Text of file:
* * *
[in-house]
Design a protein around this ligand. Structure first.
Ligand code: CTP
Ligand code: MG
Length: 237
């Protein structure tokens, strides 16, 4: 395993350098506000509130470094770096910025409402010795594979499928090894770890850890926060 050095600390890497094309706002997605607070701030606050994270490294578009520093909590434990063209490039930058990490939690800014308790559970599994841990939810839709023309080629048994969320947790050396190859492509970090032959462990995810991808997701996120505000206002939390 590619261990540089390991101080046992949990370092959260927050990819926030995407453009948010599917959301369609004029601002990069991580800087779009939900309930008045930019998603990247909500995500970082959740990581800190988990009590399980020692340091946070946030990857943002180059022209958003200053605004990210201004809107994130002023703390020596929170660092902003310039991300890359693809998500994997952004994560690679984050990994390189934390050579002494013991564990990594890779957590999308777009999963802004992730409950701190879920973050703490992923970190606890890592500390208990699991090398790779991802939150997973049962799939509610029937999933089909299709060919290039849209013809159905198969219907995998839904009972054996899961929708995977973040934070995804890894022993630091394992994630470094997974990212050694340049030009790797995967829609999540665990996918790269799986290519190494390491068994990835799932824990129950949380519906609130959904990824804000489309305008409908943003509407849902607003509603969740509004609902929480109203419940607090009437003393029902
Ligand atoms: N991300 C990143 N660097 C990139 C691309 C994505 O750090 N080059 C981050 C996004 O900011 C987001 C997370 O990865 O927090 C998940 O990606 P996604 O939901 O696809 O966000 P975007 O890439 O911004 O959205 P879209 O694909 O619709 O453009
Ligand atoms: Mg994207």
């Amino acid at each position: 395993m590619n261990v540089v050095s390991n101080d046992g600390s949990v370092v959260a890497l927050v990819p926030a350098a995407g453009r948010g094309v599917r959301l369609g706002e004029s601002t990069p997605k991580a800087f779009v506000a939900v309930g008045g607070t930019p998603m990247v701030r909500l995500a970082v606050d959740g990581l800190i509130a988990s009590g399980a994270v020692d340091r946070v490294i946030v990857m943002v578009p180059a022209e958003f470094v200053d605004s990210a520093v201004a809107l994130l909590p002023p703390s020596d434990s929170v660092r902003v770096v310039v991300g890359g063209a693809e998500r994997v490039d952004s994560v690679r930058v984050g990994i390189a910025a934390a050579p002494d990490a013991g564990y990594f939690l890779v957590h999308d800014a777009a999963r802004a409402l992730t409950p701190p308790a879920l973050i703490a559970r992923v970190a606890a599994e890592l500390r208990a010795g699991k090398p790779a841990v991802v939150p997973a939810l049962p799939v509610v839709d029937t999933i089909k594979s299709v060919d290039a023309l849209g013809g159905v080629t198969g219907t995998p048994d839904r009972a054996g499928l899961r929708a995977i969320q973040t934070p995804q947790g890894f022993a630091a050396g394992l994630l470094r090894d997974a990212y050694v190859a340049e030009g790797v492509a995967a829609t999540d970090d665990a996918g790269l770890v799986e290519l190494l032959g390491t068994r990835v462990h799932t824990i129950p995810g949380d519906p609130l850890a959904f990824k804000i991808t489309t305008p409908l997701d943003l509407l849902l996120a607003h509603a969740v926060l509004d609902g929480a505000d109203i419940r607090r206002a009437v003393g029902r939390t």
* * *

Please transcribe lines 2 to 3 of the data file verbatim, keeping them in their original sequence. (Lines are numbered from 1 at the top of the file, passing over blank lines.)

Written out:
Design a protein around this ligand. Structure first.
Ligand code: CTP